San Antonio City Manager Receives $75,000 Bonus | Texas Public Radio

San Antonio City Manager Receives $75,000 Bonus

Jan 25, 2018

San Antonio City Manager Sheryl Sculley will receive a $75,000 bonus after city council members met in executive session on Thursday and reviewed her 2017 performance.

Sculley was eligible to receive up to $100,000 based on a three-year contract approved by the city council in 2016. The bonus was performance pay.

Sculley’s current base salary is $475,000, which is up $25,000 from last year -- an increase written into her contract.

The council evaluated Sculley’s performance in a closed-door meeting because it was a personnel issue.

San Antonio Mayor Ron Nirenberg said the $75,000 figure was determined based on a consensus of council members. He added that part of the decision was based on how Sculley managed the city’s budget.

“We have a fantastic city manager, and the fact is -- compared to many other public employees at the CEO level and above -- she is underpaid, believe it or not,” Nirenberg said.

Nirenberg's list of Sculley's successes included delivering the 2017 bond package with the city’s highest voter approval rating, completing projects on time and under budget and passing a budget that included projects based on equity.

However, there were no metrics in place to determine how the 2017 bonus was calculated. That was something District 6 Councilman Greg Brockhouse took issue with.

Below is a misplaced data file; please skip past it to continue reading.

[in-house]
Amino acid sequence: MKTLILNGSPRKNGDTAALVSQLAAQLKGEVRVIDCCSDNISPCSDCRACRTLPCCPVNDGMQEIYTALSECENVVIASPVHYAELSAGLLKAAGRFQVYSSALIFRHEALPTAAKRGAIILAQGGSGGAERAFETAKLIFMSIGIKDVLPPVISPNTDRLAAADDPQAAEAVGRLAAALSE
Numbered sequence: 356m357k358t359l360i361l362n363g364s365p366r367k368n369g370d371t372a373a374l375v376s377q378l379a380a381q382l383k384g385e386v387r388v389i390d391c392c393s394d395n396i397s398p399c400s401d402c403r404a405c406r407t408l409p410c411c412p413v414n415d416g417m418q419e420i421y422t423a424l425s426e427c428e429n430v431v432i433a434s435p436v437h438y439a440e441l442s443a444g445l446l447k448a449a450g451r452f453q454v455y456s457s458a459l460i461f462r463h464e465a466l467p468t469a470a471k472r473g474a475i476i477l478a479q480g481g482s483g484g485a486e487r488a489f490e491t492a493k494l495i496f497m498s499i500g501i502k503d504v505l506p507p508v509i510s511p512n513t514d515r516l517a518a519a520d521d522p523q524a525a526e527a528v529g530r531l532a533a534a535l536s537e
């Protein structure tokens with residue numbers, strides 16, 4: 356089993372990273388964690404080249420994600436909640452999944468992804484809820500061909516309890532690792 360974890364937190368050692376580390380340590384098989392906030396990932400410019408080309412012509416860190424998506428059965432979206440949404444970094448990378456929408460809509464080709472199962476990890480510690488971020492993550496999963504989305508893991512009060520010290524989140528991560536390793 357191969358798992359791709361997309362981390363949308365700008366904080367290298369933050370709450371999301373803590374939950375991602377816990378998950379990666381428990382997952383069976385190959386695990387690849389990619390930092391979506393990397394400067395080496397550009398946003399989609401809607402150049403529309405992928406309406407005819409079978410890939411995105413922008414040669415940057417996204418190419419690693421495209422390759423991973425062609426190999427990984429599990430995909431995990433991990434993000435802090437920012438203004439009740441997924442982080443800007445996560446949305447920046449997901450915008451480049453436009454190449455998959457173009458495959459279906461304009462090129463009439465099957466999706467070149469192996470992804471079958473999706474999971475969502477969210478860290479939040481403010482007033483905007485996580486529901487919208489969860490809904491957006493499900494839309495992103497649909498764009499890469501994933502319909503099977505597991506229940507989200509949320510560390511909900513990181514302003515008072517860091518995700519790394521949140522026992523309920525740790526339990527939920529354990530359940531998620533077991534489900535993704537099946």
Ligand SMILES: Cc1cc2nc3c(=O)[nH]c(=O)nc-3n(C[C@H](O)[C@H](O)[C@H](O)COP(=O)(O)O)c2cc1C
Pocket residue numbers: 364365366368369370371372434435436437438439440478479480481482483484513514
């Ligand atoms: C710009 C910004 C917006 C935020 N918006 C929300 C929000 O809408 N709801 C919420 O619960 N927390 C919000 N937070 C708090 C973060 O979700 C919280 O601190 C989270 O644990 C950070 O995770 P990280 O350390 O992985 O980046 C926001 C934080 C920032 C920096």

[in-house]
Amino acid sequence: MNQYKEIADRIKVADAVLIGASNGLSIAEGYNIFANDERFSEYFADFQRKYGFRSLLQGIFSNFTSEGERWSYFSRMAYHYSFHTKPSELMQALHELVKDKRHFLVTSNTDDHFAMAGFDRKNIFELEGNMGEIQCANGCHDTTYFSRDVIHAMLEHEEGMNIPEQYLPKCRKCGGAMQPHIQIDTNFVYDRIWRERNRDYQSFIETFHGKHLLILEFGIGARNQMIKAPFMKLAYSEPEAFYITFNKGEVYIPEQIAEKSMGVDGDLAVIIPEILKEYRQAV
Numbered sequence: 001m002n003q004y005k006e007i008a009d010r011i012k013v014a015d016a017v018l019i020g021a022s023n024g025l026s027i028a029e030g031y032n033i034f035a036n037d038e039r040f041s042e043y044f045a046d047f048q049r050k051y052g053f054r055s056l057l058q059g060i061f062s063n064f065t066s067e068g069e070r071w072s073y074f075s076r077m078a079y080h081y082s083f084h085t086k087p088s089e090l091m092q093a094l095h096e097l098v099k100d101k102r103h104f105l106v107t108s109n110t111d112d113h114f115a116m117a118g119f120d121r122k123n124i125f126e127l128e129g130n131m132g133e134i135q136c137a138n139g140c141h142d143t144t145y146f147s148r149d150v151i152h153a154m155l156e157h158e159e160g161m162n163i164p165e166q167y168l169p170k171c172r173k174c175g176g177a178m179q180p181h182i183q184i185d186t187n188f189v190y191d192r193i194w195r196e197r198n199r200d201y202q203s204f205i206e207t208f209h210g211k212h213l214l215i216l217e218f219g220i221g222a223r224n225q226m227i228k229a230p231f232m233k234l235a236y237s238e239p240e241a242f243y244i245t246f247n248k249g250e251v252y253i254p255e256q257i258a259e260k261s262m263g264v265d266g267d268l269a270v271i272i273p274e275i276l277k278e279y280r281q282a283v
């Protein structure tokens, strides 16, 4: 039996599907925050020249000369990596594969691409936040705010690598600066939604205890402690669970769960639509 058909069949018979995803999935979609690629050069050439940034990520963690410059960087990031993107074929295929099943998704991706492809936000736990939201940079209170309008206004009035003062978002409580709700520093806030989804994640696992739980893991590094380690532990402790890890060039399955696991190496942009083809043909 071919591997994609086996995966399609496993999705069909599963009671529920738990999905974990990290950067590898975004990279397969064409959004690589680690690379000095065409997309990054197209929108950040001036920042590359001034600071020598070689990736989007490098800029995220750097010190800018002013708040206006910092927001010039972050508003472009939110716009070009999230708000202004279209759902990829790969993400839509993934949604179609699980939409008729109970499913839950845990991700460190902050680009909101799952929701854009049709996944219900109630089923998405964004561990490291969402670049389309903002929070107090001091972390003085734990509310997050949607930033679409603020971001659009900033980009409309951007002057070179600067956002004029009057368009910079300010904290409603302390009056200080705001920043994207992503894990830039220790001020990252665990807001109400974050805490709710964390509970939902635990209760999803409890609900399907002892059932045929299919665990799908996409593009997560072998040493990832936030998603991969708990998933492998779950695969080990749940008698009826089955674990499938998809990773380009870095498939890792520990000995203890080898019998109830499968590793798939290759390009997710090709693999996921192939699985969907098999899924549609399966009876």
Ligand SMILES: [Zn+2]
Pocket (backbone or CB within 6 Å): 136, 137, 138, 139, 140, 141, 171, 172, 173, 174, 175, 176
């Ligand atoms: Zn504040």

“I think Sheryl’s had wildly successful years [but] I do believe it’s time we had accountability. What’s sad is we’re giving this bonus with zero documentation … that’s not leadership. What that is is we’re passing the buck at this point. We’re offering somebody an exorbitant amount of money.”

Brockhouse said Sculley’s bonus is nearly twice the amount of some working families' yearly household income. The U.S. Census lists San Antonio’s median household income in 2016 dollars is about $48,000.

Nirenberg said metrics would be added in future performance-pay considerations.

“So what we’re going to do is engage a professional consultant to give us a compensation survey to make sure we have the salary level set at the appropriate level but also to make sure we have professionalized metrics moving forward. That process takes some time. It will take a good six months to get it assembled,” he said.

Sculley’s current contract expires at the end of 2018.

Joey Palacios can be reached at Joey@TPR.org and on Twitter at @Joeycules